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Past growth suppressions as proxies of fire incidence in relict Mediterranean black pine forests

Date: 01/04/2018

Publication: Science Direct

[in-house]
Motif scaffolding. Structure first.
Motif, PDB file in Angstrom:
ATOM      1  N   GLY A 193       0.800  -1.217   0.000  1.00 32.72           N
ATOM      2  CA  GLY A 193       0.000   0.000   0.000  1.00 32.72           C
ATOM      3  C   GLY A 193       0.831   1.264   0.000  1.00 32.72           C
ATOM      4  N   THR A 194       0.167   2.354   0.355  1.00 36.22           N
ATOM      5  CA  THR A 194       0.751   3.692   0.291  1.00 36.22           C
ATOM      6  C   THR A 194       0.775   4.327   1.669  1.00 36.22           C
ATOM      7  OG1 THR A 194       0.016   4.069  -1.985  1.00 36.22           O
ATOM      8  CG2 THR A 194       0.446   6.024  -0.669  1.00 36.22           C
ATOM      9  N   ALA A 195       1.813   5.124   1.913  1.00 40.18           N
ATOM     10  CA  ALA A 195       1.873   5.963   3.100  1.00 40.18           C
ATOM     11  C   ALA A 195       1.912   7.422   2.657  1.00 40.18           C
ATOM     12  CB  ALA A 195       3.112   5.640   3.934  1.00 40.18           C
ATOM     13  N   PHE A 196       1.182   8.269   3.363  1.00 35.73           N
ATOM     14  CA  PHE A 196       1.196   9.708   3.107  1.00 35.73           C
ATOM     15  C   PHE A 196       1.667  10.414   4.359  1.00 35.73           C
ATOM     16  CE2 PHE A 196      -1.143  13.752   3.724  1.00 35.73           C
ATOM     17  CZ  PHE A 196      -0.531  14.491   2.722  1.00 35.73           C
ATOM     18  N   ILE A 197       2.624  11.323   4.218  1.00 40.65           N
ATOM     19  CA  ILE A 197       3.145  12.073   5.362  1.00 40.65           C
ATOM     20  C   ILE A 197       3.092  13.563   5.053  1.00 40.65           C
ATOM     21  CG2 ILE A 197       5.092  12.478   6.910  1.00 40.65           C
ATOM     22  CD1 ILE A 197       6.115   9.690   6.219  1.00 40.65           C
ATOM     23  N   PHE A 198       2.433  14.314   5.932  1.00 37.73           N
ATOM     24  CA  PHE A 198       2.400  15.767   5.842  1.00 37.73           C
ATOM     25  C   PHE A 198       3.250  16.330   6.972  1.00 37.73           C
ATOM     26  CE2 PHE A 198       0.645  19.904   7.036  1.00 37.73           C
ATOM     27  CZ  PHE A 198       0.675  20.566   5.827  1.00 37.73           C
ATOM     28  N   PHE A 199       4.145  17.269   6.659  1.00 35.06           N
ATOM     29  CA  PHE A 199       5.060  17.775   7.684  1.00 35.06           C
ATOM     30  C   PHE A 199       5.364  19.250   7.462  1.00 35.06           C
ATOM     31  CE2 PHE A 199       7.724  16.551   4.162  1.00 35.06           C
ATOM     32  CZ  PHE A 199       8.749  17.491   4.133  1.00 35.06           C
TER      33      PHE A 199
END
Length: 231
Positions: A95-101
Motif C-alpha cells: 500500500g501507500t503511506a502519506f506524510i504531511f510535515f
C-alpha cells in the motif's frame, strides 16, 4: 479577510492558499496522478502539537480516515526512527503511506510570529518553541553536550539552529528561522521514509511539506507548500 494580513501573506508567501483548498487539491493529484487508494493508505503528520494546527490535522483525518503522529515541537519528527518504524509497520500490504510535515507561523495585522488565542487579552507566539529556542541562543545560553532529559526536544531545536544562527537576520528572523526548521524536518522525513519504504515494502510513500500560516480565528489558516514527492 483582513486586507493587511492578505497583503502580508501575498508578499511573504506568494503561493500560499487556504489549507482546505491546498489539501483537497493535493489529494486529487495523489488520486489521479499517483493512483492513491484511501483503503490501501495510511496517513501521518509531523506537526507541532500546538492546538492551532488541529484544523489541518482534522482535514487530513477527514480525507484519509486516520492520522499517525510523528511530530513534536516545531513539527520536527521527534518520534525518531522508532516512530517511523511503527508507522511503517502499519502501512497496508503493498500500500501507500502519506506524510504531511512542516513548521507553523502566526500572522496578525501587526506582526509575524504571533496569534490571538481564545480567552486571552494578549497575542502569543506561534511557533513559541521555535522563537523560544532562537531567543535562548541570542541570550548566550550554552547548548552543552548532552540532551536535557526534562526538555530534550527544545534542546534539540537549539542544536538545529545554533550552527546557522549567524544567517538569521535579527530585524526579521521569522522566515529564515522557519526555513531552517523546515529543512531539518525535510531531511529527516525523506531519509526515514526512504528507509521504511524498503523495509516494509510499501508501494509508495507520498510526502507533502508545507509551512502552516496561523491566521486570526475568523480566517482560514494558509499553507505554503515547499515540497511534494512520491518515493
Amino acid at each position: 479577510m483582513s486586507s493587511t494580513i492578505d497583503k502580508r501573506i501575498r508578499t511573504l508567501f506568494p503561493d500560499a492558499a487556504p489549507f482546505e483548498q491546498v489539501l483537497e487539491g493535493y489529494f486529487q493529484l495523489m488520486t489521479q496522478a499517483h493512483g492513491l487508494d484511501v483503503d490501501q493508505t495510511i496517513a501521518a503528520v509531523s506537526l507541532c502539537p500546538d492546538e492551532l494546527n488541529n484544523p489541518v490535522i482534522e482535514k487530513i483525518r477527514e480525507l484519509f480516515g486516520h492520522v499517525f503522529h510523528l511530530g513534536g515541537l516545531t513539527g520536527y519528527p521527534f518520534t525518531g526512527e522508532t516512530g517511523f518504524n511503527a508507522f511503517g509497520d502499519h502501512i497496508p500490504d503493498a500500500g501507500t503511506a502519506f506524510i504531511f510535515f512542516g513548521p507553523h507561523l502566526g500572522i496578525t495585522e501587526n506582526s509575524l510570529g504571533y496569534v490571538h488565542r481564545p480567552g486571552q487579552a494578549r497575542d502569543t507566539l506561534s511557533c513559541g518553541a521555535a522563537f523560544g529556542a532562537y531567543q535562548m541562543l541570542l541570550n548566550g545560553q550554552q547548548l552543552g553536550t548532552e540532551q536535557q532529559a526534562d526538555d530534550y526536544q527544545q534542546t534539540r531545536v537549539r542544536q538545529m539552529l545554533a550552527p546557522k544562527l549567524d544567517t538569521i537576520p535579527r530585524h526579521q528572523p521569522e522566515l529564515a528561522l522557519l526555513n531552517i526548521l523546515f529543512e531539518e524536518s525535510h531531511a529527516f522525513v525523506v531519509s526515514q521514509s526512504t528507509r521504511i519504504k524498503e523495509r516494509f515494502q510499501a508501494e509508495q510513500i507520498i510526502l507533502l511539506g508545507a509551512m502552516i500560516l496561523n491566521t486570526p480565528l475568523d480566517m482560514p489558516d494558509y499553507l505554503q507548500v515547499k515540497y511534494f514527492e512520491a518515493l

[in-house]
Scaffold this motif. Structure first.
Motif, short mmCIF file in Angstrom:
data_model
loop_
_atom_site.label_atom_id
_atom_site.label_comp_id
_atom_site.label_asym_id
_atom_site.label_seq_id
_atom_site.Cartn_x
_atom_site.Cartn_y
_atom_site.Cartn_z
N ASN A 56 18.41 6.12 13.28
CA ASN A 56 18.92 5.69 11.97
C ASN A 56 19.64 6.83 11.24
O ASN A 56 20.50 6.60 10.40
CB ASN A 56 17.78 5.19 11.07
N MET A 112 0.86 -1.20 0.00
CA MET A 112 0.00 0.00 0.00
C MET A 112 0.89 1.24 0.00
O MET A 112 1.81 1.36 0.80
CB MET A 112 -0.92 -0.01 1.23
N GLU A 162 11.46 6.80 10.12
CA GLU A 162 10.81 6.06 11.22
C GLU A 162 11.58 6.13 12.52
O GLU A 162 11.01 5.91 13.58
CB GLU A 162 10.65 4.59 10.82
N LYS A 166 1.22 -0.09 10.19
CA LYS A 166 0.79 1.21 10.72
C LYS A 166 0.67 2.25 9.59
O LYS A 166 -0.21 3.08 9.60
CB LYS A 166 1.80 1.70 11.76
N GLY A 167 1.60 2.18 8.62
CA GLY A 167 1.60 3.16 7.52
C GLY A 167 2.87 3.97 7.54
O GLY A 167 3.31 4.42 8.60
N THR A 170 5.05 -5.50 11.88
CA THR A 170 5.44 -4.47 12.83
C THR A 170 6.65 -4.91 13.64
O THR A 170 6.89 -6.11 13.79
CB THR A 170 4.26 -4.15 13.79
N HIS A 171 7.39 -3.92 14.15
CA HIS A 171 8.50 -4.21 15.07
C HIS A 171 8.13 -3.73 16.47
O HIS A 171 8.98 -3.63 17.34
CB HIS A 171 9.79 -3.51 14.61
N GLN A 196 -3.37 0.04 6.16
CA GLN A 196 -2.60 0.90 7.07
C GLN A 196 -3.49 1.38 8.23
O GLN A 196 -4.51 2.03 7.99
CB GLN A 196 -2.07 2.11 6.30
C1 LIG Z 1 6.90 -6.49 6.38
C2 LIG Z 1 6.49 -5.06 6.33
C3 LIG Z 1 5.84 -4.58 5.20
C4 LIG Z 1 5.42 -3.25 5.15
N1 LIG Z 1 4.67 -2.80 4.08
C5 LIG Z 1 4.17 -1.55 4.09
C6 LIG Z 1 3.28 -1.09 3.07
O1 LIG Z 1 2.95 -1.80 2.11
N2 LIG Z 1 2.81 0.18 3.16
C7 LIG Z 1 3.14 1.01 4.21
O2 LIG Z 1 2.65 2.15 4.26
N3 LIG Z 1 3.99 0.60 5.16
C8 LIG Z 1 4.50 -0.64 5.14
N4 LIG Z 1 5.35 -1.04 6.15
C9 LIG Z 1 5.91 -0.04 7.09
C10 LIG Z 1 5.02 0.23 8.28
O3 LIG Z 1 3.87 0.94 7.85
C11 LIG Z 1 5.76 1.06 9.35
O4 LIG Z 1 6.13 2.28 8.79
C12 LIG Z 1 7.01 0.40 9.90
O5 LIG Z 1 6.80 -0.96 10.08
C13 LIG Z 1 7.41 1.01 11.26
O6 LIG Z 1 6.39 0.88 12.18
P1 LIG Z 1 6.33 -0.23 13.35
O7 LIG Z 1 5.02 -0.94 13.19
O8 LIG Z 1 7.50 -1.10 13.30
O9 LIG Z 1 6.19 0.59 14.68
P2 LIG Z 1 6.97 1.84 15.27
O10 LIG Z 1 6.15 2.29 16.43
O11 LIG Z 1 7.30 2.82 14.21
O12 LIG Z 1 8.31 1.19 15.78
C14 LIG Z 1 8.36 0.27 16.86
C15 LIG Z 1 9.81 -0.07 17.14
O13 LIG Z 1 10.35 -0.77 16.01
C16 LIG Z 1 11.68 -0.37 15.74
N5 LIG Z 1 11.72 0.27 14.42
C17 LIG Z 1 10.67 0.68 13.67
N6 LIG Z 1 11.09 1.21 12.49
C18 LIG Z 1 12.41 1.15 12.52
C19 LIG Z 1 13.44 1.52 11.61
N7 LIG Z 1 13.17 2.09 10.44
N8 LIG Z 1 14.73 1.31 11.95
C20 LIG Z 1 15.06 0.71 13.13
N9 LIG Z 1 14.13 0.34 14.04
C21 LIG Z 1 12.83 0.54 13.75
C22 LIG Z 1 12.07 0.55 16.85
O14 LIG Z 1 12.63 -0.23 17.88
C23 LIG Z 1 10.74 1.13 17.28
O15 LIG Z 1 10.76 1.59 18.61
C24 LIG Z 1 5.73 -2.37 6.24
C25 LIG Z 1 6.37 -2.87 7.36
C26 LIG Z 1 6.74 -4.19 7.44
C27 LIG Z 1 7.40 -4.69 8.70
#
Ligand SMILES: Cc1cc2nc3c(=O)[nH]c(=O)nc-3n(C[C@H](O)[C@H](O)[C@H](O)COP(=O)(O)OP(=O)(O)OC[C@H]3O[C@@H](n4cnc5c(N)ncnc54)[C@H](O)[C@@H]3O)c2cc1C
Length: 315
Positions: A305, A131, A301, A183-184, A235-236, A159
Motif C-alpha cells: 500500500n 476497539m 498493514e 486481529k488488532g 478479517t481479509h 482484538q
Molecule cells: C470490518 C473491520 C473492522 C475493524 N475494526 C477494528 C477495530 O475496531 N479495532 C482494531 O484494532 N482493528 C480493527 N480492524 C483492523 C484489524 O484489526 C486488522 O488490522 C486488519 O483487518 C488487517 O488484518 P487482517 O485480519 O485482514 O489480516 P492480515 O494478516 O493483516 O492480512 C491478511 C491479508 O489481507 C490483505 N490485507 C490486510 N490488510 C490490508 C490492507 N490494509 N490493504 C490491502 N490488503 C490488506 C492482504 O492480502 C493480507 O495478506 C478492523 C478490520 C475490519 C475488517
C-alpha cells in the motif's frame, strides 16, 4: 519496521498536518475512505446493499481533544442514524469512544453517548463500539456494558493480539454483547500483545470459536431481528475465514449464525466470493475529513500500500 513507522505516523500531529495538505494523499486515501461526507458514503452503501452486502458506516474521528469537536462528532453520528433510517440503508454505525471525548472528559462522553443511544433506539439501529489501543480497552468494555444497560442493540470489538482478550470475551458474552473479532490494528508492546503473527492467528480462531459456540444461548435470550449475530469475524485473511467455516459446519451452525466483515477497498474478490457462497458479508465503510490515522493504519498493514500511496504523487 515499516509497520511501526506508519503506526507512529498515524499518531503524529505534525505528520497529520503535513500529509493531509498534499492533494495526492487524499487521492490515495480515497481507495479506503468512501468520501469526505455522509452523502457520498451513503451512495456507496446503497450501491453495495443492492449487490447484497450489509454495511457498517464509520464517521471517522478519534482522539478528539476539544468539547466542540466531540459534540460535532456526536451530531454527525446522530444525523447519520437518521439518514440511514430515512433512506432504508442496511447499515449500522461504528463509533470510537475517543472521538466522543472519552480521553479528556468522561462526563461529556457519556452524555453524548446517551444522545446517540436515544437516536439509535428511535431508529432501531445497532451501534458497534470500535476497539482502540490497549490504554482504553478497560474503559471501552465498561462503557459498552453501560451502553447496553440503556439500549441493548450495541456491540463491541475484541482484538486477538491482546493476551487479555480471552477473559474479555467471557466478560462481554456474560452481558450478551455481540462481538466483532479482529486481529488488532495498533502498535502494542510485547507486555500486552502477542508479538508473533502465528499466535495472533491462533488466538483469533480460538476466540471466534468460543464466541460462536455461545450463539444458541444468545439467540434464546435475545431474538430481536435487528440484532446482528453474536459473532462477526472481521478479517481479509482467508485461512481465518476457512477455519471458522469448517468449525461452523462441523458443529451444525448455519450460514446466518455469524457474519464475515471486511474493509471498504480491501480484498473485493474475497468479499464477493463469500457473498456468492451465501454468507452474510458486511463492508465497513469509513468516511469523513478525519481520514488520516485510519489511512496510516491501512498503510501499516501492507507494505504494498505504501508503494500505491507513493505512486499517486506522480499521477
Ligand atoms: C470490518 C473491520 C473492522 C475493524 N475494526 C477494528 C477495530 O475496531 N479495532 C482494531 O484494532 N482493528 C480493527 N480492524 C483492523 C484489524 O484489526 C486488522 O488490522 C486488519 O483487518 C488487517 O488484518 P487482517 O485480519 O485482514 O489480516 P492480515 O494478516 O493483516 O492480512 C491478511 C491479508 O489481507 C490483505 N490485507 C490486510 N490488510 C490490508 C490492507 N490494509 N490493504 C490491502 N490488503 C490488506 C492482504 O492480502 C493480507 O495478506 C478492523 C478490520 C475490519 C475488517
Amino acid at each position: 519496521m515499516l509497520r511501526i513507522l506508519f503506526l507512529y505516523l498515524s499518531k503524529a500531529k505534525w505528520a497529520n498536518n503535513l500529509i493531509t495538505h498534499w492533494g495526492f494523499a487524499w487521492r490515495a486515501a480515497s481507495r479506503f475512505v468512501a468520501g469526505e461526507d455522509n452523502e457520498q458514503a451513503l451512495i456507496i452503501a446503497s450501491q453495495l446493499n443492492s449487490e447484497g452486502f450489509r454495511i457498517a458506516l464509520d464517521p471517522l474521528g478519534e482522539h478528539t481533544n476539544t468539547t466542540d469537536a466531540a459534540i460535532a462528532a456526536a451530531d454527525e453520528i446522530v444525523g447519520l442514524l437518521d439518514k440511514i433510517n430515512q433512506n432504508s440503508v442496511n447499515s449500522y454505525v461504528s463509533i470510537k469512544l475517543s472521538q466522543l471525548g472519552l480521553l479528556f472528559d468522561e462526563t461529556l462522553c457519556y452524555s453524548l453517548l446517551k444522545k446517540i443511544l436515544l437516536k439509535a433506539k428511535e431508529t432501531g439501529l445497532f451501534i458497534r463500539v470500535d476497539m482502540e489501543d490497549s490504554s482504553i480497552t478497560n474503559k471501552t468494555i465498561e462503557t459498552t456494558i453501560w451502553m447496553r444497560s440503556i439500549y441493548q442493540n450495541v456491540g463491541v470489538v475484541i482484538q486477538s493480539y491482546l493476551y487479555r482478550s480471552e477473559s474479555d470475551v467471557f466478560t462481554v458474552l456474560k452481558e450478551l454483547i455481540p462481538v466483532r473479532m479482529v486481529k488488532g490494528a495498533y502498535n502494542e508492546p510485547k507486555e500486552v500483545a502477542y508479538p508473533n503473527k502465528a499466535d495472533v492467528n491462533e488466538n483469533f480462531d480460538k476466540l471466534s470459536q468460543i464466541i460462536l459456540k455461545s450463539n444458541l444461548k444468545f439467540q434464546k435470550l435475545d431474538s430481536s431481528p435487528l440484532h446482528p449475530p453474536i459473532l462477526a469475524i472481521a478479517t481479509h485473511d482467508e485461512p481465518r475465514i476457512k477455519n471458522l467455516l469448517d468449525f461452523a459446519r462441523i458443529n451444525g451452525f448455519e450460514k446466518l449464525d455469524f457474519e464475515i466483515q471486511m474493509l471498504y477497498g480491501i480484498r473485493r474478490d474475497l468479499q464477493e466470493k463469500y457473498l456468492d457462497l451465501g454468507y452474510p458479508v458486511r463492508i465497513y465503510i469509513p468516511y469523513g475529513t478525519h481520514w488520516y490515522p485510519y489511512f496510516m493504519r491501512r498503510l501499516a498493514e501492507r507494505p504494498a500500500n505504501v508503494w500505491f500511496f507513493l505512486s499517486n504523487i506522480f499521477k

Global warming and land use changes, contributing to landscape level fuel increments, could threaten Mediterranean pine forest resilience to wildfire disturbances. Reconstructions of historical fire regimes allow for the disentanglement of these two drivers by comparing the influence of climatic and anthropogenic variables on fire. Here we combine three sources of historical data: charcoal accumulation rates from a peat bog, detailed historical records of fire incidence and tree-ring width data from five relict black pine (Pinus nigra) forests with fire-scarred trees located in Sierra de Gredos (central Spain). We found growth suppression in 1893 and 1894 in all the sites which coincided with a peak of fire incidence in historical records and an increase in charcoal accumulation rates. The occurrence of these three synchronous events suggests increased wildfire incidence in the area which shaped the current stand structure of relict black pine forests. These late 19th century developments, we argue, can be mainly attributed to anthropogenic factors and contributing climatic drivers. We argue that the dissolution of the “Mesta”, the biggest transhumance livestock organization in Europe lasting from the 13th to the 19th centuries, led to more extensive grazing and uncontrolled use of forests and grasslands which likely contributed to increased wildfire incidence. Additionally, 1893 was characterized by anomalously warm spring temperatures which may have facilitated vegetation flammability. Our approach couples human and climate systems as drivers of historical fire incidence in Mediterranean pine forests.